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James M. Ryan. DDS, MS; Board Certified Oral and Maxillofacial Surgeon


Dr. Ryan's expertise is in the field of Oral and Maxillofacial Surgery. Specifically, Dr. Ryan is an expert in Orthognathic Surgery. He holds uniques experience as the former Assistant Program Director of the Oral and Maxillofacial Surgery Residency Training Program at Washington Hospital Center where he trained residents to perform these complicated surgical procedures. Additionally, Dr. Ryan also has a tremendous amount of experience in reconstruction of the maxillofacial skeleton related to trauma and tooth loss. Dr. Ryan is an expert in 3 dimensional treatment planning for Orthognathic Surgery, Dental Implant Surgery and Wisdom Teeth removal. To learn more about Dr. Ryan, his full profile can be seen at


Diplomate of the American Board of Oral and Maxillofacial Surgery with current hospital affiliations at: Washington Hospital Center Holy Cross Germantown Hospital National Institute of Health/NIDCR

American Dental Association. American Association of Oral and Maxillofacial Surgeons. District of Columbia Society of Oral and Maxillofacial Surgeons. District of Columbia Dental Society. American Board of Oral and Maxillofacial Surgeons. Health Volunteers Overseas.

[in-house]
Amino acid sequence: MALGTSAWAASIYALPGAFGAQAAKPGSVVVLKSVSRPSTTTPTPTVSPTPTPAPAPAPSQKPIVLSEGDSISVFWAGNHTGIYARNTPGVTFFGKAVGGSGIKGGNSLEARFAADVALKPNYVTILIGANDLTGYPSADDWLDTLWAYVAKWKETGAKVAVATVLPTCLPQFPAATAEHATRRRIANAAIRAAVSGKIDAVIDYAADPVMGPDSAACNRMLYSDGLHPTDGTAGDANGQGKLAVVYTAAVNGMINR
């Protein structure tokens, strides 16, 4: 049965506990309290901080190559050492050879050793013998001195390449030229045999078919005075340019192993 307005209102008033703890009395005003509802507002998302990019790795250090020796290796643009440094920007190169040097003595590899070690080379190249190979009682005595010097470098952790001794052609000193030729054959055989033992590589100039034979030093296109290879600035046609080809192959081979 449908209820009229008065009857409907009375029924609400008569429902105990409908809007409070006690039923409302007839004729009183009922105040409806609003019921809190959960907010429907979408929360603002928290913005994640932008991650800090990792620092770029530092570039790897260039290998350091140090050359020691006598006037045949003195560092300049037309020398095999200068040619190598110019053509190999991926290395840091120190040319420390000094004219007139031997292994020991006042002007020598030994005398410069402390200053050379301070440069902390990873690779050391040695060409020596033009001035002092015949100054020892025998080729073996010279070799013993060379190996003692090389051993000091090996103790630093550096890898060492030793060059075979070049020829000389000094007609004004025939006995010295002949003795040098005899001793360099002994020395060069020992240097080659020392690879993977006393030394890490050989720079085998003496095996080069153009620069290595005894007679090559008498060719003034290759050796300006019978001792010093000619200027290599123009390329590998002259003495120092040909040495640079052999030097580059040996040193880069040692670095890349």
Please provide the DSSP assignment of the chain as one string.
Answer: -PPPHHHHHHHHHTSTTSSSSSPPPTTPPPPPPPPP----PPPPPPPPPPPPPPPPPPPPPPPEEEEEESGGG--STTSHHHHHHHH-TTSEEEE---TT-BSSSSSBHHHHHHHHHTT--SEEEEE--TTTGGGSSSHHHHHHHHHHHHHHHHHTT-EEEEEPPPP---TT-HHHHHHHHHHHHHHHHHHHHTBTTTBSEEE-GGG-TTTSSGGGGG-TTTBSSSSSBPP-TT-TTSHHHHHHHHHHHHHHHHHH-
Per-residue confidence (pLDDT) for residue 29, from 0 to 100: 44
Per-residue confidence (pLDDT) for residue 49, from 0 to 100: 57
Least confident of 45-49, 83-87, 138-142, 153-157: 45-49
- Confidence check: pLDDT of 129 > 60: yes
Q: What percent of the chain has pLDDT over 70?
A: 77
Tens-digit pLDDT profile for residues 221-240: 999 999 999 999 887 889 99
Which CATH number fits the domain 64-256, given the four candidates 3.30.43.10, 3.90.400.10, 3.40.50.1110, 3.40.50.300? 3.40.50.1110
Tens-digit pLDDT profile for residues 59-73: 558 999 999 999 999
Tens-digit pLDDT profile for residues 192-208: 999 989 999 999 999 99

Journal of Oral and Maxillofacial Surgery Journal of The American Dental Association

S.U.N.Y @ Stony Brook- B.S. in Biochemistry, Stony Brook, NY. Northeastern University- M.S. in Perfusion Technology, Boston, MA. D.D.S.- New York University College of Dentistry, New York, NY. Certificate and Chief Resident- Washington Hospital Center, Washington, DC. Clinical Fellow- The Johns Hopkins Hospital, Baltimore, MD.

Awards and Honors
Dr. Ryan has received numerous awards including: 2006 American Association of Oral and Maxillofacial Surgeons Dental Student Award, Washington Hospital Center 2008 Nurses' Choice Physician Collaboration Award, 2009 Resident Research Summit Scholarship Award, and the 2011 Outstanding Surgical Attending in the Department of Oral & Maxillofacial Surgery at Washington Hospital Center. He has also authored/coauthored and published several journal articles and held several teaching positions,including assistant professor, while at NYUCD.